Plenty of Americans split their shopping between standard supermarkets, where they pick up meat and produce, and warehouse stores, where they buy bulk goods.
But Smart & Final Stores Inc. wants to be the place for both. And that strategy is filling the Commerce retailer’s cash registers.
After markets closed March 18, Smart & Final reported net income of $9.3 million, or 12 cents a share, for the quarter ended Dec. 28, compared with a loss of $7 million, negative 12 cents a share, for the same period a year earlier. (Much of the loss was related to a big debt payment that was part of a refinancing transaction.)
The earnings report, which covered the first full quarter since the retailer’s initial public offering in September, also showed a big bump in sales. Revenue for the quarter hit $839 million, a 13 percent increase.
Shares of Smart & Final jumped 8 percent during the week ended March 18 to close at $16.61, making it one of the biggest gainers on the LABJ Stock Index. (See Page 38.) The stock opened 15 percent higher the following day.
Smart & Final Chief Executive Dave Hirz said the strong earnings are the fruits of a strategy that began about five years ago, when the company – which had long focused on selling to restaurants and other commercial customers – started doing more to attract typical grocery shoppers.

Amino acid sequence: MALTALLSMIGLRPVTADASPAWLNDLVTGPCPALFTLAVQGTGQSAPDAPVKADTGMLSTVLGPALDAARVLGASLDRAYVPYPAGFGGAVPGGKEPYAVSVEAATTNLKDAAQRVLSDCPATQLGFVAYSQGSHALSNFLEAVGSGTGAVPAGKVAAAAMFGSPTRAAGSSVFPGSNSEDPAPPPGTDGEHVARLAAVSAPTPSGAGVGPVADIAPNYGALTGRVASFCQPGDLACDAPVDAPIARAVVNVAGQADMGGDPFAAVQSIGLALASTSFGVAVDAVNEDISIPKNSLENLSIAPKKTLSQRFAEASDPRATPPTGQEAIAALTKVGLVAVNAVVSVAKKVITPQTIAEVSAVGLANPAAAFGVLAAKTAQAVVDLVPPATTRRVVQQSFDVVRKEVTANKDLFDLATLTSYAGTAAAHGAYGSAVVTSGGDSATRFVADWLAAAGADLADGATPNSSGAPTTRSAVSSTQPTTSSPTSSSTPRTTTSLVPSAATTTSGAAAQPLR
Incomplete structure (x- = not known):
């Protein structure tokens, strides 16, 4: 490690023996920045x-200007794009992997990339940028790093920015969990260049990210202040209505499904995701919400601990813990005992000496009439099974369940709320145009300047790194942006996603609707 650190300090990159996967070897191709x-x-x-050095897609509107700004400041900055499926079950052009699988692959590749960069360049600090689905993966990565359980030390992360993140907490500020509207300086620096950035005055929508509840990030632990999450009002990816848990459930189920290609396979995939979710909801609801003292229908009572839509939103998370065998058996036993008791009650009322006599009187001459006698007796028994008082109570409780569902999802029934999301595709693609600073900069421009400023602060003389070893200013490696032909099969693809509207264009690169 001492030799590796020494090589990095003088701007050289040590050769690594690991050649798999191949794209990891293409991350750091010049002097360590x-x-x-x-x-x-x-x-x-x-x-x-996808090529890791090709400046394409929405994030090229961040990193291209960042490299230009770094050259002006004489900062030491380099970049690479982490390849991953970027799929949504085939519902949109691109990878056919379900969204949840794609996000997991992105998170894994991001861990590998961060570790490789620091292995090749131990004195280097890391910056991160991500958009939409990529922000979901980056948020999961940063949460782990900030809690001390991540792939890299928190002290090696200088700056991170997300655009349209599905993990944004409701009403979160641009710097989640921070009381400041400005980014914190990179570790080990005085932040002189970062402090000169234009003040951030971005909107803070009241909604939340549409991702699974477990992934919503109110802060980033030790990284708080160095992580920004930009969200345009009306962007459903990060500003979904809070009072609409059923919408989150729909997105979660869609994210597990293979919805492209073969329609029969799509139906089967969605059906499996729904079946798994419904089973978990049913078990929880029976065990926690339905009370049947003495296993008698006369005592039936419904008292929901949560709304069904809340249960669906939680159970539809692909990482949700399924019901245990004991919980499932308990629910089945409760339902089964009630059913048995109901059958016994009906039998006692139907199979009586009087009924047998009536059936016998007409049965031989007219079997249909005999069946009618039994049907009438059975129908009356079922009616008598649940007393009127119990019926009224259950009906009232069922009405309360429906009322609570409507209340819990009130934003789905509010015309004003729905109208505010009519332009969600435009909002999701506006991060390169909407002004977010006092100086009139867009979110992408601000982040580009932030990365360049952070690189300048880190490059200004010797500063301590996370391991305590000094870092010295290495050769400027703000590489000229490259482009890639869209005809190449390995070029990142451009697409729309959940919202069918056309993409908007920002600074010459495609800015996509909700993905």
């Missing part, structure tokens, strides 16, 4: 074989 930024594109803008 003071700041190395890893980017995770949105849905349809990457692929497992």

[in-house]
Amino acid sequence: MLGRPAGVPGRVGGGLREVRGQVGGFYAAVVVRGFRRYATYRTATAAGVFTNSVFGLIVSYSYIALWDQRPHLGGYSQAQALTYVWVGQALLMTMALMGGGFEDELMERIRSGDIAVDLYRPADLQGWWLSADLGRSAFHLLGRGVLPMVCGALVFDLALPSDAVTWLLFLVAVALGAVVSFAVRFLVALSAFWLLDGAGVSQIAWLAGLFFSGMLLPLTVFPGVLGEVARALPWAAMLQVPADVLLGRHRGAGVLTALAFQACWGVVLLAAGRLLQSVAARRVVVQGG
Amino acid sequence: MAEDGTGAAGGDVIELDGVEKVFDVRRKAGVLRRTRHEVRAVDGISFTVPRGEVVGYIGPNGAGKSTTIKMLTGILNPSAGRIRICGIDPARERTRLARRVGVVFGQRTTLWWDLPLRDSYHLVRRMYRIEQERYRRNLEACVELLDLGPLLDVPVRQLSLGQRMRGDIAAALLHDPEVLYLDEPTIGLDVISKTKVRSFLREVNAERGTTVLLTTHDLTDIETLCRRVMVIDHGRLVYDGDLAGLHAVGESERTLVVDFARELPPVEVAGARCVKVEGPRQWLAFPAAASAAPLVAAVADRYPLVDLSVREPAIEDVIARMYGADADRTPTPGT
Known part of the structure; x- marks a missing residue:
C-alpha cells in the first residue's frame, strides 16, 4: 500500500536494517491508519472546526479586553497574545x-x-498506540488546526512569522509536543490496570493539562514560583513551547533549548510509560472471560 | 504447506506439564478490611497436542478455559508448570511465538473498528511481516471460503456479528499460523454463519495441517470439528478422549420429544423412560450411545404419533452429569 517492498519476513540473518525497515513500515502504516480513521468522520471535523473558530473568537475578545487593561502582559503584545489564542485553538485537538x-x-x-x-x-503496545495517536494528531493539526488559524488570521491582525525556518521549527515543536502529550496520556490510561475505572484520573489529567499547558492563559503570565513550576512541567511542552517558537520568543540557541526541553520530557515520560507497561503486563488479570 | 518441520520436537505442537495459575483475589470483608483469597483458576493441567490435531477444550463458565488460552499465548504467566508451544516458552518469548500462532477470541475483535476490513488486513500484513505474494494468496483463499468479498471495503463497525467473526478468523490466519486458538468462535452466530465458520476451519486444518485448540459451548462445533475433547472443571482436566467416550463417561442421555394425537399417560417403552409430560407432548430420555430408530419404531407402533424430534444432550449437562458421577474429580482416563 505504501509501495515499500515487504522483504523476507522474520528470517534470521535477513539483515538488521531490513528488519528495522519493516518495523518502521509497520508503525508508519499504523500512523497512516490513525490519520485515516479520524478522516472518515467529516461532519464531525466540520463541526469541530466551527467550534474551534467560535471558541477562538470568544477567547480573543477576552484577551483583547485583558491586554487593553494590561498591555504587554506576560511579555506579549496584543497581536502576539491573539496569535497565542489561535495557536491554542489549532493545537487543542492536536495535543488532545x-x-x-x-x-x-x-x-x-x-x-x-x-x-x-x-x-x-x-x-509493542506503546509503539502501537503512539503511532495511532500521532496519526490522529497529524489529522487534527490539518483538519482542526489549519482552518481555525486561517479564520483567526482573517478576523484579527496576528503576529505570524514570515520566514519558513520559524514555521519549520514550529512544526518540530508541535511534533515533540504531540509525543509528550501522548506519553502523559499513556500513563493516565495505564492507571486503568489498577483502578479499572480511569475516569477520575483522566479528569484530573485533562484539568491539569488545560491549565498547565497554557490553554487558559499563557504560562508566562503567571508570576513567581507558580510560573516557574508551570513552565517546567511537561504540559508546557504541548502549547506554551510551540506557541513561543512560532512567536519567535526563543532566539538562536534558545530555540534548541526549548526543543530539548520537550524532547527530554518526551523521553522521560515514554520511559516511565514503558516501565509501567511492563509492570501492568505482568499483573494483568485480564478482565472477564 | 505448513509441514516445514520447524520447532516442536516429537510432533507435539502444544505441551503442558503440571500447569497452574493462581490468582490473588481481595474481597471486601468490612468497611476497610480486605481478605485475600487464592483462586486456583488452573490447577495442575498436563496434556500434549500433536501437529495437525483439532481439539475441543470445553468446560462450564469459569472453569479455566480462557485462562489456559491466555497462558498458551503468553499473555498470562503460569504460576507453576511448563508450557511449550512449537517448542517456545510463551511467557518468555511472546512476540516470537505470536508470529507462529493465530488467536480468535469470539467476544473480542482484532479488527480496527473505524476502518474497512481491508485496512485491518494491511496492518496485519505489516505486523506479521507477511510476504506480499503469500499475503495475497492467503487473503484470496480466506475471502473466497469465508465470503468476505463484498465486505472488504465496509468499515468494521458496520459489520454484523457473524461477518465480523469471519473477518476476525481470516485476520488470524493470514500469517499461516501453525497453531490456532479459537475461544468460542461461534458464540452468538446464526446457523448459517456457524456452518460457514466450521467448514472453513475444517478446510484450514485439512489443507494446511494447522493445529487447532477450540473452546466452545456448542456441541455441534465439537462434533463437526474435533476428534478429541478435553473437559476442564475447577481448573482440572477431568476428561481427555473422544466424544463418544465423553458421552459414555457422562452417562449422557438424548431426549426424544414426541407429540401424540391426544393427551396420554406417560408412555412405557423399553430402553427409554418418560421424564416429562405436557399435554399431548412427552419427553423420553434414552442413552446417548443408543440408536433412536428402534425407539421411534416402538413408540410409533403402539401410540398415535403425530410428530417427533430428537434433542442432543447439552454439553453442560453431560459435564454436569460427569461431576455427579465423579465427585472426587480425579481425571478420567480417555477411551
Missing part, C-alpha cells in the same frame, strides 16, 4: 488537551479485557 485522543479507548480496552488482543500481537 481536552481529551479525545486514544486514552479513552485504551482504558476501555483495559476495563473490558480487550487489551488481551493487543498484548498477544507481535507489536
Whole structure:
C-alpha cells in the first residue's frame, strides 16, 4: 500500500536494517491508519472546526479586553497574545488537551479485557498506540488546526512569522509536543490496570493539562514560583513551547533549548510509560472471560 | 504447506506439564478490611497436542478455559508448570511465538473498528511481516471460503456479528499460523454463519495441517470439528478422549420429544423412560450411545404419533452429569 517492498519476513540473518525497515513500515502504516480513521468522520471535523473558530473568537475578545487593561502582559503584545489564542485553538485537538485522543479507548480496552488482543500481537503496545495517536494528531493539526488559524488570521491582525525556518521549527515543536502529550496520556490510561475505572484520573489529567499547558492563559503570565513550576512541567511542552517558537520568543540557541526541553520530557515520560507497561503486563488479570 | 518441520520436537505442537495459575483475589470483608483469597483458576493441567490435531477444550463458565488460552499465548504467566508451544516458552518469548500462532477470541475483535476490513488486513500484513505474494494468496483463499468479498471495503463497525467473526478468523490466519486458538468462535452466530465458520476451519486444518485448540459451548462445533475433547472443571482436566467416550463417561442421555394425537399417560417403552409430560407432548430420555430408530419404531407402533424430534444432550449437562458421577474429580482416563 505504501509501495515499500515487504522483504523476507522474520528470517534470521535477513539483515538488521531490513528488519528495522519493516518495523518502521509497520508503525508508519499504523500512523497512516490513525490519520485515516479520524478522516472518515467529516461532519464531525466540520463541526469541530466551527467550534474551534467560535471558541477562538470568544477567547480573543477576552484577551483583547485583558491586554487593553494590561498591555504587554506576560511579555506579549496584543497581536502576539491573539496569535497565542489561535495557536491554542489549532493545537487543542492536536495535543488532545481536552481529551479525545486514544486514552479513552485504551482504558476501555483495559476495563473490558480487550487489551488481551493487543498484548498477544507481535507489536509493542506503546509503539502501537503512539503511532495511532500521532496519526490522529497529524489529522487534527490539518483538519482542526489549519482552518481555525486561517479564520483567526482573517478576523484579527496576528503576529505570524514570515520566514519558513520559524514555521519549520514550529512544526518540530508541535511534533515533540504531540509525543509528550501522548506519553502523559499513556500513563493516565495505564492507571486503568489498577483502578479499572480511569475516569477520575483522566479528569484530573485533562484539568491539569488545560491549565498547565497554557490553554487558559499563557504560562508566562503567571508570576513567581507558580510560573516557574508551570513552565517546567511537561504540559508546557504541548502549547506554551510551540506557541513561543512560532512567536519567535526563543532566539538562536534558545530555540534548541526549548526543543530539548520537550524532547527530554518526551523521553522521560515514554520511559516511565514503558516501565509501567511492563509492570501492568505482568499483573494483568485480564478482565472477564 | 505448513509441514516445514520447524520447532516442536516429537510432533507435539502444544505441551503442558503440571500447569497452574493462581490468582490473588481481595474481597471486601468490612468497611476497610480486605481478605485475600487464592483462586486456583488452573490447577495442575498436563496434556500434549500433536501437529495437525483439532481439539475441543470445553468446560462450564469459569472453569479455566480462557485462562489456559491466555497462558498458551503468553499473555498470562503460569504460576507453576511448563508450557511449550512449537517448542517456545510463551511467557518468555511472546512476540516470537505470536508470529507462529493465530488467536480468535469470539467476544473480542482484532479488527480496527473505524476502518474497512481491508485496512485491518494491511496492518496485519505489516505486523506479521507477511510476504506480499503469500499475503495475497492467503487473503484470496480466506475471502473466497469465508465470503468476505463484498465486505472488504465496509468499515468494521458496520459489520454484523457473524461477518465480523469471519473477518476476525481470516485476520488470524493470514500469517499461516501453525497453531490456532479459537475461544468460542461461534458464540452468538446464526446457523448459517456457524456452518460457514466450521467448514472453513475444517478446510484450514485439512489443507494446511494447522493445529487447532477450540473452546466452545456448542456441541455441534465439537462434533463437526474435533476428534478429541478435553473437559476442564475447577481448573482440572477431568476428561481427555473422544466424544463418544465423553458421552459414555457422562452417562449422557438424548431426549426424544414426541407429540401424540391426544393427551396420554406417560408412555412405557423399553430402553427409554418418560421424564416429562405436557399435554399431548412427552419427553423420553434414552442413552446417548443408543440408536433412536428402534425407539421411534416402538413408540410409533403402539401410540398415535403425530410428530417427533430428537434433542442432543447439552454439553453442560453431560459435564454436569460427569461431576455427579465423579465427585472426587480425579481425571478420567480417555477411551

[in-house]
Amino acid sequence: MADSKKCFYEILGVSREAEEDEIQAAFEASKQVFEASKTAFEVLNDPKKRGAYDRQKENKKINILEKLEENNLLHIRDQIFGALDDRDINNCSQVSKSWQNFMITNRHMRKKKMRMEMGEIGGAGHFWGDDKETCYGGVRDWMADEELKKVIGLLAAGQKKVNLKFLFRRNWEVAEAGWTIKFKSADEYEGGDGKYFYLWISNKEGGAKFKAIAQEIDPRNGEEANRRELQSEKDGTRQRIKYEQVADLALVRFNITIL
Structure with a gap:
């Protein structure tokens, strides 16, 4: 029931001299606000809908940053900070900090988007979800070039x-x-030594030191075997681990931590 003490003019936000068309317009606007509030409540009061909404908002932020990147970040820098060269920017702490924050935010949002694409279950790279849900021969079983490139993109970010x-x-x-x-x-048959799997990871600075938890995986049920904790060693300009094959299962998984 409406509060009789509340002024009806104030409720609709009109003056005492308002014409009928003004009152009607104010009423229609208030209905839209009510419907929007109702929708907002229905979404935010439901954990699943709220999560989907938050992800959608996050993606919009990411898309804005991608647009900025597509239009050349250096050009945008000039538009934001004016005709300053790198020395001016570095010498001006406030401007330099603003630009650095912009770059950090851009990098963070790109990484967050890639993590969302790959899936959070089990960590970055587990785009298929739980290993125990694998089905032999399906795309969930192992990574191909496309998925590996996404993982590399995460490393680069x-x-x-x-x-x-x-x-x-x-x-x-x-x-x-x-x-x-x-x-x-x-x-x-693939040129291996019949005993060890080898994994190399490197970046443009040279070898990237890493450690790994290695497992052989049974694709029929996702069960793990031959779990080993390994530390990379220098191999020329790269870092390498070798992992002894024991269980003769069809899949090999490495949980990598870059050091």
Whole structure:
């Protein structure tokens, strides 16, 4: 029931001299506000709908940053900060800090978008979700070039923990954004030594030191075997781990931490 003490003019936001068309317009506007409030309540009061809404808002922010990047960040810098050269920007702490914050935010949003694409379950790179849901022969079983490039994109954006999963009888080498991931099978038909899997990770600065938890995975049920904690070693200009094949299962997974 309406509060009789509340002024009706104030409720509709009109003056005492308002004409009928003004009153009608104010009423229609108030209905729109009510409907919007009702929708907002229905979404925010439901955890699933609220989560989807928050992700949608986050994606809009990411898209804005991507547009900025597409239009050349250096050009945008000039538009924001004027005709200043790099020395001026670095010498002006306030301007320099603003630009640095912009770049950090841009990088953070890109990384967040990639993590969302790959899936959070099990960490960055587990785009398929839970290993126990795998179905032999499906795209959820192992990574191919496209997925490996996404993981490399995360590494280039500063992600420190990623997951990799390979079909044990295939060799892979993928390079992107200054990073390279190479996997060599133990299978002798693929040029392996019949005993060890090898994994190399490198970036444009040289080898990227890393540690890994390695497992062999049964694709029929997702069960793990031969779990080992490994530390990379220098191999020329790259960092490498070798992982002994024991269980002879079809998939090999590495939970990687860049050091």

A big part of that strategy was creating Smart & Final Extra! stores, which are smaller and have extra amenities, such as farmers market-style produce sections, that cater more to ordinary shoppers.
“Our household customers can do two stops in one stop,” Hirz said. “It totally replaces the shopping trip to a Kroger, a Safeway or an Albertsons.”
Sean Naughton, who covers Smart & Final for Minneapolis investment bank Piper Jaffray & Co., raised his price target on the company from $17 to $18 a share in a March 18 research note released before the earnings report. He wrote that the recent strength of the restaurant industry should be boosting Smart & Final’s Cash & Carry stores, which cater to commercial customers.
Hirz said Smart & Final’s two-pronged model also makes the company relatively recession proof.
“In a good economy, people are eating out more frequently, so our restaurant customers buy more,” he said. “When the economy is tougher, people buy groceries to eat at home more, so we win there.”
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